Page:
Our patient is a 21-year-old African American female, gravida 1 para 1; with no significant medical history, who had been on surveillance, for the past 3 years, for a left pelvic mass found incidentally during routine perinatal ultrasound (US). At the time of initial discovery, the left adnexal mass measured 7.1 × 7.4 × 5.1 cm and contained both cystic and solid components [Figure 1]. No significant internal blood flow was appreciated by US at that time. The patient was given the diagnosis of a mature cystic teratoma of the left ovary and managed with follow-up of the lesion with US imaging. The patient was lost to follow up until 2 years later, when she presented to the emergency room with complaints of 3 days of right lower quadrant pain and vomiting. Transvaginal US [Figure 2] as well as abdominal computed tomography (CT) was obtained. A large multilobular mixed cystic and solid lesion arising from the left ovary was observed once again with no significant change in its size from the prior ultrasound. CT demonstrated enhancement of the solid portions of the mass and, in addition, calcifications were noted [Figure 3]. Tumor markers (CA-125, AFP, and beta hCG) were negative. The patient was discharged from the emergency department with the diagnosis of mature cystic teratoma.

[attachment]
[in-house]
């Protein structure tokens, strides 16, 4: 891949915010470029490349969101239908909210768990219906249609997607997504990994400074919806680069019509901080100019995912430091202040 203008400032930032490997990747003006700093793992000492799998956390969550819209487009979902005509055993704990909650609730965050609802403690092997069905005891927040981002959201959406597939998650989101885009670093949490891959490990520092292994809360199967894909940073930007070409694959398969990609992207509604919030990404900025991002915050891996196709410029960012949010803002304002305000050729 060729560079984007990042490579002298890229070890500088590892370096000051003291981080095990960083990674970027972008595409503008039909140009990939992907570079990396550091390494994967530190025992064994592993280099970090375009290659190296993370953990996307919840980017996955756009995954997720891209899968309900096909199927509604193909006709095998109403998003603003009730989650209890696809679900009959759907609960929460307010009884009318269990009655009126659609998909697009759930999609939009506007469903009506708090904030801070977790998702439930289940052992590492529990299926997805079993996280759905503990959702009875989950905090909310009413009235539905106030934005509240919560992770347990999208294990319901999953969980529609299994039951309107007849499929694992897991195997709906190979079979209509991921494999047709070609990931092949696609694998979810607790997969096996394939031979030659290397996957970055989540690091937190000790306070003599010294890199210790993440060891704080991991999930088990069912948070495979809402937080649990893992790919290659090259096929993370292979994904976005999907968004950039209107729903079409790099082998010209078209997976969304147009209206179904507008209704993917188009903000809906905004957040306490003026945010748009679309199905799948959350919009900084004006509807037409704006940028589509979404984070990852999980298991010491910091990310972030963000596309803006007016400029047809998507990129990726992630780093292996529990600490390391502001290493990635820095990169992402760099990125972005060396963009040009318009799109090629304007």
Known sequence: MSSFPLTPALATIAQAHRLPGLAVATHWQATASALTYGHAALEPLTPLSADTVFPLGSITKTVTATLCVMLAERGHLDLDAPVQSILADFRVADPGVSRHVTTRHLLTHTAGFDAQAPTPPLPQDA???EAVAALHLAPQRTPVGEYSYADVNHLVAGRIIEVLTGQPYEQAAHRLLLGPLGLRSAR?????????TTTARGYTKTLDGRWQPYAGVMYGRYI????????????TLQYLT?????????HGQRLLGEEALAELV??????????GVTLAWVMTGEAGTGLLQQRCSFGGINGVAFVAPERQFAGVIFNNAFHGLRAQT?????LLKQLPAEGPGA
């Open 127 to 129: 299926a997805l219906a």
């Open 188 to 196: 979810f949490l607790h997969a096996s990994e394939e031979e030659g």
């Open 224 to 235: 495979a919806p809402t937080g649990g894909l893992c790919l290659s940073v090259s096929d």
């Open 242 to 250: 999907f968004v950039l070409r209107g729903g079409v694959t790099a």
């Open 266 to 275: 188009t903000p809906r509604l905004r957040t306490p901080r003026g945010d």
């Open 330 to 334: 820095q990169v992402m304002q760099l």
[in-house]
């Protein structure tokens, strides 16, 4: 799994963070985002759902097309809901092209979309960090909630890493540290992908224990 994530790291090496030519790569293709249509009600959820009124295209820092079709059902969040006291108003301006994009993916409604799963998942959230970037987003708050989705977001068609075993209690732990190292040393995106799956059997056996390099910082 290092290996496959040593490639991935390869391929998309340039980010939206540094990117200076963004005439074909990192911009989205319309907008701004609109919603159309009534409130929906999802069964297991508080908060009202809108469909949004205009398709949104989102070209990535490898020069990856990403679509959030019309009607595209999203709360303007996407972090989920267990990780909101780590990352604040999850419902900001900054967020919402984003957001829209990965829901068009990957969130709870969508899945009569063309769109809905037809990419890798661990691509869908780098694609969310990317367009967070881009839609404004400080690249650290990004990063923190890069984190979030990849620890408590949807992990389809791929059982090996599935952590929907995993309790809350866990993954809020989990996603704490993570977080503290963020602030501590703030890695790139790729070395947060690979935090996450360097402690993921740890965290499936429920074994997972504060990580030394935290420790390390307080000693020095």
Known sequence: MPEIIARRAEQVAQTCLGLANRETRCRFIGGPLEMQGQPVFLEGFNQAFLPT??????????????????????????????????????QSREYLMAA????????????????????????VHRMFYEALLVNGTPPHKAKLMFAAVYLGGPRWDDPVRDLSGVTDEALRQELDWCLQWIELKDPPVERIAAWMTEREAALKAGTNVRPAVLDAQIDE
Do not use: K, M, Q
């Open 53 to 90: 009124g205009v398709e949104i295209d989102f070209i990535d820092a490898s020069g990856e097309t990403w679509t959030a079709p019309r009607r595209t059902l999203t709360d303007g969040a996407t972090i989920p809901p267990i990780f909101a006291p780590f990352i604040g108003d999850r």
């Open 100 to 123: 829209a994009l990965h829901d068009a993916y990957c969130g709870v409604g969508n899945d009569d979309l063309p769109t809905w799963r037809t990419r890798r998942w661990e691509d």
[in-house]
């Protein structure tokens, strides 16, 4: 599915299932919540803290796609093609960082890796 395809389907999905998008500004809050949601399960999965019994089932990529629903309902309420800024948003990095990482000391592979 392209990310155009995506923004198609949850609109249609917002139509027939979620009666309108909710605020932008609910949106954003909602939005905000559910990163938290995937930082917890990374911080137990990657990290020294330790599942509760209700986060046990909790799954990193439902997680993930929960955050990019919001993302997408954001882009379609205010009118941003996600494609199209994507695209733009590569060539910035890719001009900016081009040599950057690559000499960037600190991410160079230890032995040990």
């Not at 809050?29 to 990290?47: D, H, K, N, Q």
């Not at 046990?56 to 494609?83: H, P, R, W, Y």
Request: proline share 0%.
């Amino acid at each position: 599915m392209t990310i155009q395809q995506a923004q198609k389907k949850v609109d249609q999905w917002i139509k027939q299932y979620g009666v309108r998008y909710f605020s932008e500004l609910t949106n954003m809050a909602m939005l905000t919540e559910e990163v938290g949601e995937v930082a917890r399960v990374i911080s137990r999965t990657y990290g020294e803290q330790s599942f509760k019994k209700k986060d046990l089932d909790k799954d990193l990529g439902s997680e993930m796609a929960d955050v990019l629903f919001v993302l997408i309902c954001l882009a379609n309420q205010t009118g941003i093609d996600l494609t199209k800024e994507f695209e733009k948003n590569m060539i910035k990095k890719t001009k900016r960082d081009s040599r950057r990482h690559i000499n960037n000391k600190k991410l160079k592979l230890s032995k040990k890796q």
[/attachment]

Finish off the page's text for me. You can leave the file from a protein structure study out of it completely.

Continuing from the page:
Figure 1: Transabdomen grayscale US image shows a heterogeneous lesion demonstrating solid and cystic portions arising from the left ovary.
Figure 2: (a) Transvaginal US image shows a complex mass arising from the left ovary with solid and cystic components (b) Color Doppler examination of the same mass demonstrates high vascularity in the solid portion of the left ovarian mass.
Figure 3 (a and b): Axial CT images with IV contrast demonstrate the presence of a heterogeneous mass in the left adnexa (arrows) with macro calcifications and enhancement of the solid components.